The court will likely alter the equitable division of property to be less in favor of the spouse who hid assets. Depending on the assets that were hidden, the court may award all the hidden assets to the other spouse.
The court may also order the spouse who hid assets to pay the attorney fees and court costs of the other spouse. Contempt of court proceedings can result in criminal consequences, including fines and up to 30 days in jail.
Q: What Happens When a Spouse Hides Money During a Divorce?
A: If a spouse hides assets during the court-ordered discovery process, they could face contempt of court proceedings and criminal charges. In addition to these serious consequences, the outcome of the divorce may also be affected. Hiding both marital and separate assets impacts property division, and the discovery of hidden assets will also affect the division. Courts do not look favorably on a spouse who attempts to hide assets, and they may award the other spouse more marital property, potentially including the assets that were hidden.
Q: Does Adultery Affect Divorce in Nebraska?
A: Nebraska is a no-fault divorce state, and it does not allow fault-based divorces. Divorces can only be filed for the no-fault ground of being irretrievably broken. However, adultery could potentially affect other aspects of the divorce in specific circumstances.
If a parent’s actions of adultery placed their child in danger, the court may determine that it is not in the child’s interests for that parent to have significant custody rights. If a spouse wasted marital assets on a relationship outside their marriage, the court will likely alter the division of property to give that spouse fewer marital assets.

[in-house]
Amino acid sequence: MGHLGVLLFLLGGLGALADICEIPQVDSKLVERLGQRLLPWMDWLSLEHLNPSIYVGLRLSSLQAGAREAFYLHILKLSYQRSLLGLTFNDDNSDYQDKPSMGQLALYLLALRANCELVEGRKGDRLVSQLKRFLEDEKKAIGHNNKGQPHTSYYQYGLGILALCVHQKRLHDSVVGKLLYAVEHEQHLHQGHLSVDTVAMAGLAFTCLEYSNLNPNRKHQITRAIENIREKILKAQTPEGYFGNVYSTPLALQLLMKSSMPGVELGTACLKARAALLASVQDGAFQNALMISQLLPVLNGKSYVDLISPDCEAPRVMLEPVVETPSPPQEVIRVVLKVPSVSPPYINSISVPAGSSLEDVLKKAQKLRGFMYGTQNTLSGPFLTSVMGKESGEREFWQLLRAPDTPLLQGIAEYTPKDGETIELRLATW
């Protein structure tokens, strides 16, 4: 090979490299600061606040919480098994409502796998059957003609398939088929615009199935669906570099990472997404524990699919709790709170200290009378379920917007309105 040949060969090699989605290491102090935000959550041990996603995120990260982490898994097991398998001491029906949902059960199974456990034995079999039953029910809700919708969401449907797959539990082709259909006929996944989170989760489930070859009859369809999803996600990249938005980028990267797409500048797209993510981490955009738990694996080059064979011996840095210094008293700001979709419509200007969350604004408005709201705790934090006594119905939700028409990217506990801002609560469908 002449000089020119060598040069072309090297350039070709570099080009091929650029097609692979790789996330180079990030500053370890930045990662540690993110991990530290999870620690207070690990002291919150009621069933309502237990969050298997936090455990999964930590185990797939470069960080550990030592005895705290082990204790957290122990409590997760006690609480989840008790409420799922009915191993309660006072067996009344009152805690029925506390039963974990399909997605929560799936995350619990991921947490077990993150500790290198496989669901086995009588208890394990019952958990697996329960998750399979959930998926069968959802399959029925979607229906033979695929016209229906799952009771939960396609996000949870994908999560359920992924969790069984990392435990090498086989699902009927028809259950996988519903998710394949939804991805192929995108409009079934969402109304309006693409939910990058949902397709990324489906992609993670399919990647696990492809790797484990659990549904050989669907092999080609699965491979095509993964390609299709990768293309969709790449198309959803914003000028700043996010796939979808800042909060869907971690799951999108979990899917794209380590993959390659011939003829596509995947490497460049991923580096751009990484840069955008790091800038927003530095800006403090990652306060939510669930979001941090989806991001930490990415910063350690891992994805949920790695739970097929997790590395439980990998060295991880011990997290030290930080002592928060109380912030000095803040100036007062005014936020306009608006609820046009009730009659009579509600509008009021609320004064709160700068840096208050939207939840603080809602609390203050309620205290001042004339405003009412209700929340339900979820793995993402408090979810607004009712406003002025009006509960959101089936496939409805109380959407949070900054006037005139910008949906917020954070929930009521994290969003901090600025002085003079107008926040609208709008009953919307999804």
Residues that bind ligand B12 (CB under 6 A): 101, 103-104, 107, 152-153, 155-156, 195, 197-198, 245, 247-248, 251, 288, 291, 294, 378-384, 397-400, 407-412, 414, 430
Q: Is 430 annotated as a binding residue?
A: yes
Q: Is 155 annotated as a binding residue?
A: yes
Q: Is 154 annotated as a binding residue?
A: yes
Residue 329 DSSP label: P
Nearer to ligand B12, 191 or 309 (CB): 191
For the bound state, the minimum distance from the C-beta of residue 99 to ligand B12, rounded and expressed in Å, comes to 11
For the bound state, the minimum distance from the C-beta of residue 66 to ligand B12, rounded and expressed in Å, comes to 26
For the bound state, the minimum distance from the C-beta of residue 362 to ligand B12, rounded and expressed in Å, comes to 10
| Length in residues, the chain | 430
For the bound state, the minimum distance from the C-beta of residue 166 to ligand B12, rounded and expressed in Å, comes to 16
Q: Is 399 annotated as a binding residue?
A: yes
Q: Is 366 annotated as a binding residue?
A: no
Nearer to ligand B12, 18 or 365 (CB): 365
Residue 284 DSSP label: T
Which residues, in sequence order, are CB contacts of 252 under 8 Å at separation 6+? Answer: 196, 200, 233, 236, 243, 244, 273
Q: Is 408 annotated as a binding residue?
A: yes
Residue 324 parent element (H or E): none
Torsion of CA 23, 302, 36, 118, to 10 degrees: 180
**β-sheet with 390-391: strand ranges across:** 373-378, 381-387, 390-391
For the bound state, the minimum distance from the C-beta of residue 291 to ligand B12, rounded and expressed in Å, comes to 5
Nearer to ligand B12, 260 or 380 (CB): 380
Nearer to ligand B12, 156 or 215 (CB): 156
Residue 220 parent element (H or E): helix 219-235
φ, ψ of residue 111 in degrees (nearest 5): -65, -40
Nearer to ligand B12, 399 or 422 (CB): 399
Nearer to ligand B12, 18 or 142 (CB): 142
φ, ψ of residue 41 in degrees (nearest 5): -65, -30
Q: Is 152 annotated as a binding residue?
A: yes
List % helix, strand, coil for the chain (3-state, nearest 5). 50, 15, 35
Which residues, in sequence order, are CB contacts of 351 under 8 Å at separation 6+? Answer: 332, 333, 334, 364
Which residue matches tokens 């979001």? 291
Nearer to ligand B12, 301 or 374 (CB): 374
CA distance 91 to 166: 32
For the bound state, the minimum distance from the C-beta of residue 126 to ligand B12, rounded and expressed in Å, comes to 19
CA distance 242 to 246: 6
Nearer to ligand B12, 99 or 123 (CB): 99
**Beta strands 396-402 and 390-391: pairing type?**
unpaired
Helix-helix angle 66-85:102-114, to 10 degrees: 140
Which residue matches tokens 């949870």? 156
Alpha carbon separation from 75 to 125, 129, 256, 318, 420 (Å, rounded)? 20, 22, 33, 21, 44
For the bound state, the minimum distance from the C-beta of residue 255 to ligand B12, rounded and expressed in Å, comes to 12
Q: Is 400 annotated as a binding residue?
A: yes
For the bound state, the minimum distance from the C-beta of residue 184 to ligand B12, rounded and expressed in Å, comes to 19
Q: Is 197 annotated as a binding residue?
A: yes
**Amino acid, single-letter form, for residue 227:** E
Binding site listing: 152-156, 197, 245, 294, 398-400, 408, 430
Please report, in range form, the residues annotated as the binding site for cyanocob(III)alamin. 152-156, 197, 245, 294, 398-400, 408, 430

Q: How Are Assets Split in a Divorce in Nebraska?
A: Assets are split according to equitable distribution laws in Nebraska. This means that if the court decides the division of property, then marital assets are divided according to what the court deems fair and equal. This decision will be based on factors such as:
- The length of marriage
- The separate resources of each spouse
- The wasting of marital assets
- The contributions of each spouse to marital property
Contributions include financial and nonfinancial contributions. Based on these factors, the court will determine if the divide should be equal or not.
Q: What Is Considered Marital Property in Nebraska?
A: Marital property includes any assets obtained by spouses over the length of their marriage, with some exceptions. For example, a gift or inheritance that only one spouse receives is considered separate property, even if it was obtained during the marriage. The spouse claiming that a portion of assumed marital property is, in fact, separate property has the burden of proof to show the court that this is the case. Separate property can become marital property through transmutation or commingling.
Protecting Your Financial Interests in Your Omaha Divorce
The formal discovery process is much easier to navigate when you have strong legal representation and support. Your attorney can help review your circumstances and determine how to find evidence of hidden assets. Contact the attorneys at Stange Law Firm today.